Owners of agitated Canon printers who are searching for the correct drivers are victims of persistent fraud. They land on phony Canon Customer service websites that trick them into parting with money or even remote access to their systems.
Moreover, Gizmodo has discovered several phony websites operated by con artists that purport to provide the drivers needed to use Canon printers. Also, Canon printer drivers are infamously picky pieces of software that make it possible for hardware and software to coexist. The con artists prey on angry customers who only want their brand-new printer to function.
The fraud targets an exceptionally particular user. A list of complaints Gizmodo gets after submitting a FOIA request to the FTC. Recounts a number of customers who were only looking for a driver for their new Canon printer. But those were instead confronted with websites that claimed to provide a solution but took money from them.
The research claims that one of the primary reasons this scam is successful is that Canon’s official website occasionally malfunctions. According to Gizmodo, upon trying to access usa.canon.com, Canon’s main USA-based website, the company ran into an “unexplained issue”.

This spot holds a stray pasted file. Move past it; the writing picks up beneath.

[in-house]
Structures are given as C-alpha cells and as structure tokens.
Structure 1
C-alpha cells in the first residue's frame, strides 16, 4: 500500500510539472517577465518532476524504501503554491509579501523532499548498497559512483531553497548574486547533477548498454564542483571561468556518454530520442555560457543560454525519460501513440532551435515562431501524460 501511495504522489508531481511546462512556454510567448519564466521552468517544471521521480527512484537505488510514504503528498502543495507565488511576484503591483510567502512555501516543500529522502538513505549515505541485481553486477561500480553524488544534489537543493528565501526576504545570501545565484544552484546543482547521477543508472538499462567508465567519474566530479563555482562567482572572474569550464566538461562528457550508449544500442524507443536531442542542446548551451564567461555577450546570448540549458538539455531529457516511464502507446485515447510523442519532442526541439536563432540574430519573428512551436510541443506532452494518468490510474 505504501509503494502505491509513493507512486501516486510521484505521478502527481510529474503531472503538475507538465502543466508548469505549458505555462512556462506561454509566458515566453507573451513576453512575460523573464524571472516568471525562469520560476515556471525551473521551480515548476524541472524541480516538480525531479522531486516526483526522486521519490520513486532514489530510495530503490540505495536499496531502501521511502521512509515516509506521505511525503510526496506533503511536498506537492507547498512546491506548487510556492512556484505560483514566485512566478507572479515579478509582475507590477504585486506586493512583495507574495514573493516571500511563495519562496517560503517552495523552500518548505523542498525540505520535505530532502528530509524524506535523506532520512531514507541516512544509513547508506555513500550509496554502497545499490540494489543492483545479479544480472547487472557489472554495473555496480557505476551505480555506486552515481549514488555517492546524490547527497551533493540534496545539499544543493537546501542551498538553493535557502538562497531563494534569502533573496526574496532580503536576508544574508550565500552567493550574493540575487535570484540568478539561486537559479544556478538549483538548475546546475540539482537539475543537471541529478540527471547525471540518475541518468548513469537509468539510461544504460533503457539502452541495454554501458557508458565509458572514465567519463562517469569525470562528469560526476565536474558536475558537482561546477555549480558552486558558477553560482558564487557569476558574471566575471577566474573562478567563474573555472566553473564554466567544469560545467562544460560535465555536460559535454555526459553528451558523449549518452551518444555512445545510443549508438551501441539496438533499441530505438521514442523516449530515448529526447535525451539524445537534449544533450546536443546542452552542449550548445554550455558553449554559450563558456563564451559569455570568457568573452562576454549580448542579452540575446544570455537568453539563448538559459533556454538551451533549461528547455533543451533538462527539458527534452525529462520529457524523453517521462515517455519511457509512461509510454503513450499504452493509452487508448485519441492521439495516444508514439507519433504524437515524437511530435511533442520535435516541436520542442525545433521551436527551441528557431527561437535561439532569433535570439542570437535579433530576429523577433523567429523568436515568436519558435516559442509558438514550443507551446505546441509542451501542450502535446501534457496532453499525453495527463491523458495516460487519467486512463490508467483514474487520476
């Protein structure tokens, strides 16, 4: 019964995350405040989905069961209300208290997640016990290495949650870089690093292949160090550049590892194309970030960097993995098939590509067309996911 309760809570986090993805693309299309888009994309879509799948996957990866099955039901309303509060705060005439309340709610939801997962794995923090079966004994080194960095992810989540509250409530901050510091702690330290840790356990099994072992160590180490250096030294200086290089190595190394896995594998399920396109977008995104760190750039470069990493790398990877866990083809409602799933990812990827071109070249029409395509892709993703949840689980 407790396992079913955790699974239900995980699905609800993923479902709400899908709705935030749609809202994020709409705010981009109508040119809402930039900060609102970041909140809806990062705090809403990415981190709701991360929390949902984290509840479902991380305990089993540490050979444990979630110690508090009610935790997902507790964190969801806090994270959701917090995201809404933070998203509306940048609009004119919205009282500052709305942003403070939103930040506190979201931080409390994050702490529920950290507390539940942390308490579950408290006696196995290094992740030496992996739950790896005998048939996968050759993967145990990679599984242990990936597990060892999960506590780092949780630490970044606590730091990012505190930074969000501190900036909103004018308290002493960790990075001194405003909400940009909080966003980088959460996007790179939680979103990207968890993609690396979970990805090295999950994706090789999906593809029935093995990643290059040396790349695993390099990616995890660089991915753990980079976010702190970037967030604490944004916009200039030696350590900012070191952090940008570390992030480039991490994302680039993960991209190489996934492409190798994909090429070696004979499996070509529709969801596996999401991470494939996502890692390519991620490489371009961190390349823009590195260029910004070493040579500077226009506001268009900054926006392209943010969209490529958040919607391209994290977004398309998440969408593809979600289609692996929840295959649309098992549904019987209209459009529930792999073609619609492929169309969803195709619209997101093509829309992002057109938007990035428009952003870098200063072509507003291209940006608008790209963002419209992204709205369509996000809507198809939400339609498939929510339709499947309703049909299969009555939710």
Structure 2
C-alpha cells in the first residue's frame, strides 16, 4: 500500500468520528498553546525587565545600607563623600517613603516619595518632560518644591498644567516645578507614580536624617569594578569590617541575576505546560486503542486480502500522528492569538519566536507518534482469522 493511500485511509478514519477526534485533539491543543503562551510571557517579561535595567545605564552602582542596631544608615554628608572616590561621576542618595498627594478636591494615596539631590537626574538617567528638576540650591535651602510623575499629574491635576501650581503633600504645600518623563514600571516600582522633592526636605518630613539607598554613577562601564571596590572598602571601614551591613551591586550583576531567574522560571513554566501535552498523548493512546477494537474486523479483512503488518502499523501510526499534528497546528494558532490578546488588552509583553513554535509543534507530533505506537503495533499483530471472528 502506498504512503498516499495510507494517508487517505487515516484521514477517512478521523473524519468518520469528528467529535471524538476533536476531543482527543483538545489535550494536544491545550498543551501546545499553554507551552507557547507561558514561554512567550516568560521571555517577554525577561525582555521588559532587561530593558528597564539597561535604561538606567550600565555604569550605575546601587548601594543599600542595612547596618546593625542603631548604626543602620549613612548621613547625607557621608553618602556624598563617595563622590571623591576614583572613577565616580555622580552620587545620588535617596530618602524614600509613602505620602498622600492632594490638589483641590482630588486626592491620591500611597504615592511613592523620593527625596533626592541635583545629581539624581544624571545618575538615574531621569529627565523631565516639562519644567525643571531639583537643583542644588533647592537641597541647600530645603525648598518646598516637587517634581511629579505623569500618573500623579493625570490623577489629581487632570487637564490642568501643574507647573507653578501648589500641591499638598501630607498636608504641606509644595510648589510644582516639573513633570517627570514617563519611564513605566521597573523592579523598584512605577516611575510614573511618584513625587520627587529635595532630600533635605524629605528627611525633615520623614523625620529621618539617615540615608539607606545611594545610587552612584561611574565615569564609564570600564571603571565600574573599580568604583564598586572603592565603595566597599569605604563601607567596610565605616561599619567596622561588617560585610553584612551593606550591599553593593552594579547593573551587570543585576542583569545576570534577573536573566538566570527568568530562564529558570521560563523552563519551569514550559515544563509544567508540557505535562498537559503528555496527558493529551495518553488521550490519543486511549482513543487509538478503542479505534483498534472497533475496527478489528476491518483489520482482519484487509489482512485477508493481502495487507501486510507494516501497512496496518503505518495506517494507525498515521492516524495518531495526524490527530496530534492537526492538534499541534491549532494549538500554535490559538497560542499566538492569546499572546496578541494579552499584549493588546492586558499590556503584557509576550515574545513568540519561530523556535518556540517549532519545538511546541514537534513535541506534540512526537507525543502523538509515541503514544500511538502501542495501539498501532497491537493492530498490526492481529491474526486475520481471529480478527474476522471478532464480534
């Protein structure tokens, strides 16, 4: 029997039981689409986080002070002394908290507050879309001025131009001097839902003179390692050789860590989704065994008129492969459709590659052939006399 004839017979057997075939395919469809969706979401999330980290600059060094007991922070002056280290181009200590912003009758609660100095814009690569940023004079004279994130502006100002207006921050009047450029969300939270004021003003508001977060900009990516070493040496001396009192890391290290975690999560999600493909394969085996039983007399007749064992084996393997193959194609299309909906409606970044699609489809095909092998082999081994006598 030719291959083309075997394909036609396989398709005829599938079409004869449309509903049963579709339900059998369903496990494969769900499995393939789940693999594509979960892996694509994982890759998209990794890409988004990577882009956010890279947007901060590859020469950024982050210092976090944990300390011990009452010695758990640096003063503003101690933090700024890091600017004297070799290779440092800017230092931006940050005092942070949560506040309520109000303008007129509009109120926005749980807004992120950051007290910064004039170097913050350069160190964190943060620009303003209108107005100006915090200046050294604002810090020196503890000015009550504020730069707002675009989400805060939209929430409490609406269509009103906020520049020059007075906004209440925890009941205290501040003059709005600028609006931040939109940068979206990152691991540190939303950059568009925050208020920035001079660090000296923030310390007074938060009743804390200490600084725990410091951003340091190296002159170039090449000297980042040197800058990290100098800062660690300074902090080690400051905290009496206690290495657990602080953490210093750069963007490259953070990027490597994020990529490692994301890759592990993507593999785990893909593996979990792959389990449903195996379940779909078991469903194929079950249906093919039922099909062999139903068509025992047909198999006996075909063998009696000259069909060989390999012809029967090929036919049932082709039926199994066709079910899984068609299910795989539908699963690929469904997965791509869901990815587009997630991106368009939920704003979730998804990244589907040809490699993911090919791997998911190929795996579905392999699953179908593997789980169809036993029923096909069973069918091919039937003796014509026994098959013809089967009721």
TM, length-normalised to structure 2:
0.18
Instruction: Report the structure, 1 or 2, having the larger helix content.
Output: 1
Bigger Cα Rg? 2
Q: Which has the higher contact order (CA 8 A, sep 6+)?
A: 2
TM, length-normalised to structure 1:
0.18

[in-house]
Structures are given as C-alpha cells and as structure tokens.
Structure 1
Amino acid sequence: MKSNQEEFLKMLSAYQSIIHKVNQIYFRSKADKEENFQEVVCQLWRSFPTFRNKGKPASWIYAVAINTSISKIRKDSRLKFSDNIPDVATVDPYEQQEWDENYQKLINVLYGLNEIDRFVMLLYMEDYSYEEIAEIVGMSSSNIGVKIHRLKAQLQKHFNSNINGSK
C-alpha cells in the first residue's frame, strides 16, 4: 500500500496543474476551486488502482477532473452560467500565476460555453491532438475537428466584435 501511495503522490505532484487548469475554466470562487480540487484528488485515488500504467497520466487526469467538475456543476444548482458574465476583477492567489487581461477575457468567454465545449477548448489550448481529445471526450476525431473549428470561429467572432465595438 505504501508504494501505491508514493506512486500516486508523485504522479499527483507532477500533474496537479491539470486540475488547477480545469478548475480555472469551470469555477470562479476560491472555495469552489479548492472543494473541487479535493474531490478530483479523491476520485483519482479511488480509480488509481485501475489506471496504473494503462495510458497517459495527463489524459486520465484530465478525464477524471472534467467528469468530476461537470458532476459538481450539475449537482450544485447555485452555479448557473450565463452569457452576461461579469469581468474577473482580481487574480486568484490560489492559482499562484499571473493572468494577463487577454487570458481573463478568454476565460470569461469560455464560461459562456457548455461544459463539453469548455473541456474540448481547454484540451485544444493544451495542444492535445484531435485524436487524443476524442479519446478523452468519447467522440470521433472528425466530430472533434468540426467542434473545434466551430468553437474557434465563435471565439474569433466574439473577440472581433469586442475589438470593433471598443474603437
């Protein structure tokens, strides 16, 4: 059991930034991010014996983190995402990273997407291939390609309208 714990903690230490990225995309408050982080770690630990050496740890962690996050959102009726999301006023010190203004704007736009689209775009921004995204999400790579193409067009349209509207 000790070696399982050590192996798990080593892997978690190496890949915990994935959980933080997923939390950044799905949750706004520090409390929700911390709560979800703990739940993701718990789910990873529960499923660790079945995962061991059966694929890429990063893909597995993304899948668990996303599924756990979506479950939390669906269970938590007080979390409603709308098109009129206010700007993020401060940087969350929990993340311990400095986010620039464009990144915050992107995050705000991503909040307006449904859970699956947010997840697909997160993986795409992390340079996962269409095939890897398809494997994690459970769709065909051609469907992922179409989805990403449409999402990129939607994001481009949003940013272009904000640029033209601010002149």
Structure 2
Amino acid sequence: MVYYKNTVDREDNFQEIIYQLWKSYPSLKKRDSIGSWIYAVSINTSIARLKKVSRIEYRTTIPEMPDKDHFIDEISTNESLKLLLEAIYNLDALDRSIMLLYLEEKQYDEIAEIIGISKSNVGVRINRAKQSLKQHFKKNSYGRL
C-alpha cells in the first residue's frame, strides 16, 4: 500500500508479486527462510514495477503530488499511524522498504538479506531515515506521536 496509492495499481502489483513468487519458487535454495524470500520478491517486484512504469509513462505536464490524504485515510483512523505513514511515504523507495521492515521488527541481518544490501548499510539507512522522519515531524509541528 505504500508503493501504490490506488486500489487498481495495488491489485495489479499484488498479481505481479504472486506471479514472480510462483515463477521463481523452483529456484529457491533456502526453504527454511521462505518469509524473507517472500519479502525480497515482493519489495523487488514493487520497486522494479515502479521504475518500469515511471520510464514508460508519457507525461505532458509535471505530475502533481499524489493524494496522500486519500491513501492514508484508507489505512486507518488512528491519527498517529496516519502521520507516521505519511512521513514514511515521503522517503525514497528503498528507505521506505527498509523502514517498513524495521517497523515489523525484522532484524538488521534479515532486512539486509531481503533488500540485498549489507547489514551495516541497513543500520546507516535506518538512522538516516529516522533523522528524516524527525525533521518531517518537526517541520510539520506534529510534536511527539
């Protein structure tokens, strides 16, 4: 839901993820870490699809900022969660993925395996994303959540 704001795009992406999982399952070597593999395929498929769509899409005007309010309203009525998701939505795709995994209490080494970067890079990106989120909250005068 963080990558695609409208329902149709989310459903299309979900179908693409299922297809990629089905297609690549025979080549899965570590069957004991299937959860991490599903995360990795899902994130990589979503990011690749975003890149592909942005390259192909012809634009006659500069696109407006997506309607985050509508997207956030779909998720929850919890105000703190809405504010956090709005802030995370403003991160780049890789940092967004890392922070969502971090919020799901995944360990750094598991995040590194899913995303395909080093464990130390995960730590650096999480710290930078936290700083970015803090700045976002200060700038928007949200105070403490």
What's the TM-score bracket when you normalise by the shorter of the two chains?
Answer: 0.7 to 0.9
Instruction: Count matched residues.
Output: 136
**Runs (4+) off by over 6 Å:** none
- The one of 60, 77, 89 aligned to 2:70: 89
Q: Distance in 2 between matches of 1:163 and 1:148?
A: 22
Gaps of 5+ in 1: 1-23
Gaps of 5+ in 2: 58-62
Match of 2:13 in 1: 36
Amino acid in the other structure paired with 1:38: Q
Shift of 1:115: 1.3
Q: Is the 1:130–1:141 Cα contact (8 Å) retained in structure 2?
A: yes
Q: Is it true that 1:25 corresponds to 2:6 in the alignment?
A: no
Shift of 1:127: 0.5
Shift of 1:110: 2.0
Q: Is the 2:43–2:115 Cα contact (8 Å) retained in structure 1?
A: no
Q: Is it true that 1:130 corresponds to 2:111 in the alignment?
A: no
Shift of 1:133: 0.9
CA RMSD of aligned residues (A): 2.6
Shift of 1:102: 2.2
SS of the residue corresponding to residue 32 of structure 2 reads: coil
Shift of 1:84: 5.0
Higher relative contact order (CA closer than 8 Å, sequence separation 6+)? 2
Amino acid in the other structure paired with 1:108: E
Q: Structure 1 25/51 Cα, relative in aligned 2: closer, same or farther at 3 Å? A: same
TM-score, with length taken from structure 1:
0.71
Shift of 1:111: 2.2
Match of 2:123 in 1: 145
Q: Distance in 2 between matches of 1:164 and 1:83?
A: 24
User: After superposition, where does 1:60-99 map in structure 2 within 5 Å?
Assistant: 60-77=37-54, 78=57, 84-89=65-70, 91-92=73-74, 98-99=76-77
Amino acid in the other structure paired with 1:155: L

PetaPixel could not duplicate this mistake.
When a user cannot access Canon’s official website, they may feel compelled to look elsewhere, which is how all these frauds begin. A person in need stumbles into fraudster websites while looking for other solutions; a selection of these are listed below:
Further, all of those websites are fake. Any time a user tries to download a driver from one of these or other fraudulent websites (which are made to look authentic), the download will be unsuccessful. A customer support window will then appear and offer to assist in identifying the “issue” at that point.
Gizmodo says that at this stage, sometimes the con artists would merely demand payment to “repair” the fictitious issue. But there are other incidents where the con artists may demand remote access to the unknowing victims’ computers.
Gizmodo has released a number of first-person FTC complaints that detail scammers’ tactics that are strikingly similar. Because the FTC redacted all identifying information, the magazine was unable to confirm any of the complaints. However, comparing them to one another reveals common strategies.
Gizmodo’s repeated attempts for comment from Canon went unanswered, and PetaPixel’s follow-up inquiry also went unanswered. You can read the complete article on Gizmodo’s website.
As per the report, one of the main reasons this scam is effective is that Canon’s official website doesn’t always work. Gizmodo says that while researching its story, it attempted to navigate to usa.canon.com – error.
After a user is unable to access Canon’s official website, they likely feel forced to check elsewhere, and as a result, these scams all start in the same way. As desperate user searches for other options, they come across scammer websites, a subset of which are below.
As per Gizmodo, here at this point in time sometimes the scammers will simply ask for a fee to fix the issues. However, there are other reports of access to their PC.